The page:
Active Resistance to Metrication
66 Chippingfield, HARLOW, Essex CM17 0DJ Tel/Fax: 01279 635789


[ Note: This Press Release is exclusive to the Hastings Observer ]


PHOTO OPPORTUNITIES – please see below

Members of Active Resistance to Metrication (ARM) swooped on Hastings for the second time in 7 weeks to convert 164 metric distance signs in the town to miles, yards, feet and inches. This weekend’s raid, when 130 signs were converted, is the group’s biggest one-day swoop to date, beating their previous record of converting 122 metric footpath signs in Ely, Cambridgeshire, one day last November.

Most metric distance and height signs are illegal under the Traffic Signs Regulations 1994. The raids had been planned for some time. The signs altered include:

1. Thirteen sets of cast-iron fingerpost distance signs, from Rock-a-Nore to Bexhill-on-Sea, all previously in metric, have now been professionally converted to miles and yards by affixing attractive black-and white metal plates to them.
2. Four double-sided footpath signs in The Ridge area of Hastings were similarly converted from metres to yards.
3. Five direction signs in the town centre have been painted over and lettered in yards instead of metres.
4. Several car park signs with only metric heights on them have been converted to feet and inches.
5. A tourist sign near the Tourist Information Centre giving the distance to the Museum as 150 MTS was converted to read 150 yds.

The plates, exterior-quality lettering and industrial glue used for ARM’s work cost around £500. Said Tony Bennett, 54, a Rights Adviser from Harlow, Essex, and a member of the Active Resistance to Metrication Council: Our money comes solely from public subscription and we consider it was money well spent.

Information officer for ARM, Polly Peck, said:
Hastings is definitely a metric blackspot. We notified the Council in the summer about their metric signs but they took no action. We weren’t able to finish the job on Saturday and will be back again unless Hastings and East Sussex Councils put all their signs back into British distances. The authorities are pursuing their own metric agenda without consulting the people as to what they want. In the last survey of public opinion by Gallup in 1995, 97% of British people said they preferred miles and only 3% preferred kilometres”.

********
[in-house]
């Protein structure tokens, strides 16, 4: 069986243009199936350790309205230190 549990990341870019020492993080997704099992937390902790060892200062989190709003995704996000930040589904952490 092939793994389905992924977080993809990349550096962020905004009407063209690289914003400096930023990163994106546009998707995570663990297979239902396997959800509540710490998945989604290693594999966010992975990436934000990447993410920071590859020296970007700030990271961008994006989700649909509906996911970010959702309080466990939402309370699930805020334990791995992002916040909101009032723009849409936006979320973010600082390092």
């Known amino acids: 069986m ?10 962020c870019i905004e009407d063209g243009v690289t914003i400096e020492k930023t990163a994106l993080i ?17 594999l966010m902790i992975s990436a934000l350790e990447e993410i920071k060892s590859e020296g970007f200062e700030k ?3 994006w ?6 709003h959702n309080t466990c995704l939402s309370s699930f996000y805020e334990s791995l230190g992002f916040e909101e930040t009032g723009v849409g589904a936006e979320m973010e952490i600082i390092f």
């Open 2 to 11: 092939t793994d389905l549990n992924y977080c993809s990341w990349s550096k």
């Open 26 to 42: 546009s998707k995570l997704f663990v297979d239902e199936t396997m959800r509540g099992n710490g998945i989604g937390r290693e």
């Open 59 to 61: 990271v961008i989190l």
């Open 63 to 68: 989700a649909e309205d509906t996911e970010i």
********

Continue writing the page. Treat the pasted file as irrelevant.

The raid is one of several high-profile raids ARM has carried out in recent months (details on request). The sign to the Museum converted to yards was the group’s 1,000th conversion (full up-to-date list of 1,015 conversions available on request including by e-mail). Said Tony Bennett: We are now escalating our nationwide campaign to wipe out metric signs from our roads and footpaths, in the light of the Appeal Court deciding (last week) that Metric Martyr Steve Thoburn will keep a criminal record for selling a bunch of bananas for 25p. Members of ARM use code names when carrying out demetrication exercises. The weekend raid was carried out by Firkin and Furlong.


The current national Chairman of British Weights and Measures Association (BWMA), Mr Mike Plumbe, lives at Swan Terrace, Hastings (Tel: 01424 713737). BWMA entirely support ARM’s aims but do not necessarily support its methods. Mr Plumbe had no prior knowledge of the raid. It is likely he will offer an on the record quote about the raids if asked.


The professionally-amended signs may be seen and photographed in several locations. The best are:
1. Warrior Square promenade: 10 fingers on a cast-iron sign converted to miles and yards
2. Footpath signs on The Ridge (location details on request)
3. A third excellent photo opportunity is the bizarre combination of a metric distance sign (100m to Spiritualist Church) right next to another sign reading: 125 yards. ARM has left that in place to illustrate the absurdity of using two different systems of distance measurement. The two signs are on railings
outside the Abbey National Building Society

CONTACTS: Tony Bennett 01279 635789
Polly Peck 01480 435837